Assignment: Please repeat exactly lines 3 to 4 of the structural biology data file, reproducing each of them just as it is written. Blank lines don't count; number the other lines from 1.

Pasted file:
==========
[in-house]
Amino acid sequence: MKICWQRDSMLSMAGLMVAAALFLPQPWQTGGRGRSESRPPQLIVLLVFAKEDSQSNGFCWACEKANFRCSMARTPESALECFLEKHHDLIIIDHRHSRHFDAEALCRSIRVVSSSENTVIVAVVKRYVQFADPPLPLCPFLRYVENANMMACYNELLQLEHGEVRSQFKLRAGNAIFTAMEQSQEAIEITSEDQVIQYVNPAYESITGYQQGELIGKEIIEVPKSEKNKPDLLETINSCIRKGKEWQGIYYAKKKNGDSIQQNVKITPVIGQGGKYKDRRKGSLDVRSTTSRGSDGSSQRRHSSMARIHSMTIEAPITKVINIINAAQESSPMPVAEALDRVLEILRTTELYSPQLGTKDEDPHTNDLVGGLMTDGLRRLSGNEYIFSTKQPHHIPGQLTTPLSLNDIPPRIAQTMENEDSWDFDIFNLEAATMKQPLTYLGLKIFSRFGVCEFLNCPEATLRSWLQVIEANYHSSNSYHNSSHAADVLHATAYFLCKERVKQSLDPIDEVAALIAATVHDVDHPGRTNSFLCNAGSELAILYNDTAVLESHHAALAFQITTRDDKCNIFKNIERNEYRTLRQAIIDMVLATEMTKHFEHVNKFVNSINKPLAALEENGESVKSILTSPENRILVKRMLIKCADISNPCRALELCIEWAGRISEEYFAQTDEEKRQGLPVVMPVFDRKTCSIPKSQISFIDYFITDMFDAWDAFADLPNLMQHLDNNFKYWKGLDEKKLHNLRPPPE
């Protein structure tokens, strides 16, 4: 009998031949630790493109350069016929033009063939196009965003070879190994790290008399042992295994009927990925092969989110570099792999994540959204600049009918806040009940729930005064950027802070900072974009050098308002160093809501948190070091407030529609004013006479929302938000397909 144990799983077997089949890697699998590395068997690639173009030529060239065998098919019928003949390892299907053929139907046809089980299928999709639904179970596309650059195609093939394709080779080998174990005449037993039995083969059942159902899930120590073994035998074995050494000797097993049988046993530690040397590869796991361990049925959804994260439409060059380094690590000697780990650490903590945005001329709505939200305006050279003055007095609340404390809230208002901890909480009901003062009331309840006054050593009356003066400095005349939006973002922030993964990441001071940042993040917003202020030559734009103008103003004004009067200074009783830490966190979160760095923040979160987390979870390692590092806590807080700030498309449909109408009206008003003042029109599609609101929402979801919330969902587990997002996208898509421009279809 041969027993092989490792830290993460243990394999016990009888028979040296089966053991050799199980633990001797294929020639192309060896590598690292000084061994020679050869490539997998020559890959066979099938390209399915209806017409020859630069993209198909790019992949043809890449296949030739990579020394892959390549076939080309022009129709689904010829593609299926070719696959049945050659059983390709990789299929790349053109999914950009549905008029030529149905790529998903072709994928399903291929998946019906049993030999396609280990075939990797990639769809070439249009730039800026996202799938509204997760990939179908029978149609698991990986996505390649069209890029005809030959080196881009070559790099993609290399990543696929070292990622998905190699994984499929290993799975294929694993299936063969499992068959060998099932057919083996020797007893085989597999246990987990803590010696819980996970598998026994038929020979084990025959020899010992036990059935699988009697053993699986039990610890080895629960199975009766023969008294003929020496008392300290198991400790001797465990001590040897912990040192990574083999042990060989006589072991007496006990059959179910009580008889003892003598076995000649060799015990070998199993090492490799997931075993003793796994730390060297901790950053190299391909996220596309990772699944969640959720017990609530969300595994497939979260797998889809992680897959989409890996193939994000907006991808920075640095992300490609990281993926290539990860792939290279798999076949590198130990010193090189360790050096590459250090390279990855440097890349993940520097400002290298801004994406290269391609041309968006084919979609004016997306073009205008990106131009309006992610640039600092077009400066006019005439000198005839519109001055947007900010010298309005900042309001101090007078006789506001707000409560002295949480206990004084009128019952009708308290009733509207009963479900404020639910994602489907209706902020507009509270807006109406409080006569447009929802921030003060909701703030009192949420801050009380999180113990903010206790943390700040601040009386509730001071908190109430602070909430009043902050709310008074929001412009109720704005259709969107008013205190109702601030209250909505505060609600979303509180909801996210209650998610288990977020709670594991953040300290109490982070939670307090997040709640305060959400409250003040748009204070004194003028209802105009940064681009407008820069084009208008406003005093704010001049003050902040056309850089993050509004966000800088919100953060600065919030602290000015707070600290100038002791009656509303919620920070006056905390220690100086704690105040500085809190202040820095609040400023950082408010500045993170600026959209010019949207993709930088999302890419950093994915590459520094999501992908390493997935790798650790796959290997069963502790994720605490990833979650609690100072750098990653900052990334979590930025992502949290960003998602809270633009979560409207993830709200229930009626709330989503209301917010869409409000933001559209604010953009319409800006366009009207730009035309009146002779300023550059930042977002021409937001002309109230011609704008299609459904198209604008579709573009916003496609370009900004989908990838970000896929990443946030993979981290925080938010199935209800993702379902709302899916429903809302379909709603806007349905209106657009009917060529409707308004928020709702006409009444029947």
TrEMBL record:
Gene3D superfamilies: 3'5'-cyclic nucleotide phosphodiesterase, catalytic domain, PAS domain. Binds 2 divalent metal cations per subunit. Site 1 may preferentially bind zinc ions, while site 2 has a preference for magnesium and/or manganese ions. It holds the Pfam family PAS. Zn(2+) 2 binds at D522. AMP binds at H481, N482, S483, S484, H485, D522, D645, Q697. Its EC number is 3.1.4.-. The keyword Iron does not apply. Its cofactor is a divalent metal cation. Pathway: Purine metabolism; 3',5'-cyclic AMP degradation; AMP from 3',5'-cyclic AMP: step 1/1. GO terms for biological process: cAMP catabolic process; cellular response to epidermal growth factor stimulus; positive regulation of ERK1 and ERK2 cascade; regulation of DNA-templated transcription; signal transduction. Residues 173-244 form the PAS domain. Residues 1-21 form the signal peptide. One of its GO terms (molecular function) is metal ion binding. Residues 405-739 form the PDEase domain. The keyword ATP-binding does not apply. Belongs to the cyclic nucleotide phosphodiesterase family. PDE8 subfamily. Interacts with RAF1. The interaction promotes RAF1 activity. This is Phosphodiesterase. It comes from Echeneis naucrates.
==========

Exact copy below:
């Protein structure tokens, strides 16, 4: 009998031949630790493109350069016929033009063939196009965003070879190994790290008399042992295994009927990925092969989110570099792999994540959204600049009918806040009940729930005064950027802070900072974009050098308002160093809501948190070091407030529609004013006479929302938000397909 144990799983077997089949890697699998590395068997690639173009030529060239065998098919019928003949390892299907053929139907046809089980299928999709639904179970596309650059195609093939394709080779080998174990005449037993039995083969059942159902899930120590073994035998074995050494000797097993049988046993530690040397590869796991361990049925959804994260439409060059380094690590000697780990650490903590945005001329709505939200305006050279003055007095609340404390809230208002901890909480009901003062009331309840006054050593009356003066400095005349939006973002922030993964990441001071940042993040917003202020030559734009103008103003004004009067200074009783830490966190979160760095923040979160987390979870390692590092806590807080700030498309449909109408009206008003003042029109599609609101929402979801919330969902587990997002996208898509421009279809 041969027993092989490792830290993460243990394999016990009888028979040296089966053991050799199980633990001797294929020639192309060896590598690292000084061994020679050869490539997998020559890959066979099938390209399915209806017409020859630069993209198909790019992949043809890449296949030739990579020394892959390549076939080309022009129709689904010829593609299926070719696959049945050659059983390709990789299929790349053109999914950009549905008029030529149905790529998903072709994928399903291929998946019906049993030999396609280990075939990797990639769809070439249009730039800026996202799938509204997760990939179908029978149609698991990986996505390649069209890029005809030959080196881009070559790099993609290399990543696929070292990622998905190699994984499929290993799975294929694993299936063969499992068959060998099932057919083996020797007893085989597999246990987990803590010696819980996970598998026994038929020979084990025959020899010992036990059935699988009697053993699986039990610890080895629960199975009766023969008294003929020496008392300290198991400790001797465990001590040897912990040192990574083999042990060989006589072991007496006990059959179910009580008889003892003598076995000649060799015990070998199993090492490799997931075993003793796994730390060297901790950053190299391909996220596309990772699944969640959720017990609530969300595994497939979260797998889809992680897959989409890996193939994000907006991808920075640095992300490609990281993926290539990860792939290279798999076949590198130990010193090189360790050096590459250090390279990855440097890349993940520097400002290298801004994406290269391609041309968006084919979609004016997306073009205008990106131009309006992610640039600092077009400066006019005439000198005839519109001055947007900010010298309005900042309001101090007078006789506001707000409560002295949480206990004084009128019952009708308290009733509207009963479900404020639910994602489907209706902020507009509270807006109406409080006569447009929802921030003060909701703030009192949420801050009380999180113990903010206790943390700040601040009386509730001071908190109430602070909430009043902050709310008074929001412009109720704005259709969107008013205190109702601030209250909505505060609600979303509180909801996210209650998610288990977020709670594991953040300290109490982070939670307090997040709640305060959400409250003040748009204070004194003028209802105009940064681009407008820069084009208008406003005093704010001049003050902040056309850089993050509004966000800088919100953060600065919030602290000015707070600290100038002791009656509303919620920070006056905390220690100086704690105040500085809190202040820095609040400023950082408010500045993170600026959209010019949207993709930088999302890419950093994915590459520094999501992908390493997935790798650790796959290997069963502790994720605490990833979650609690100072750098990653900052990334979590930025992502949290960003998602809270633009979560409207993830709200229930009626709330989503209301917010869409409000933001559209604010953009319409800006366009009207730009035309009146002779300023550059930042977002021409937001002309109230011609704008299609459904198209604008579709573009916003496609370009900004989908990838970000896929990443946030993979981290925080938010199935209800993702379902709302899916429903809302379909709603806007349905209106657009009917060529409707308004928020709702006409009444029947």
TrEMBL record: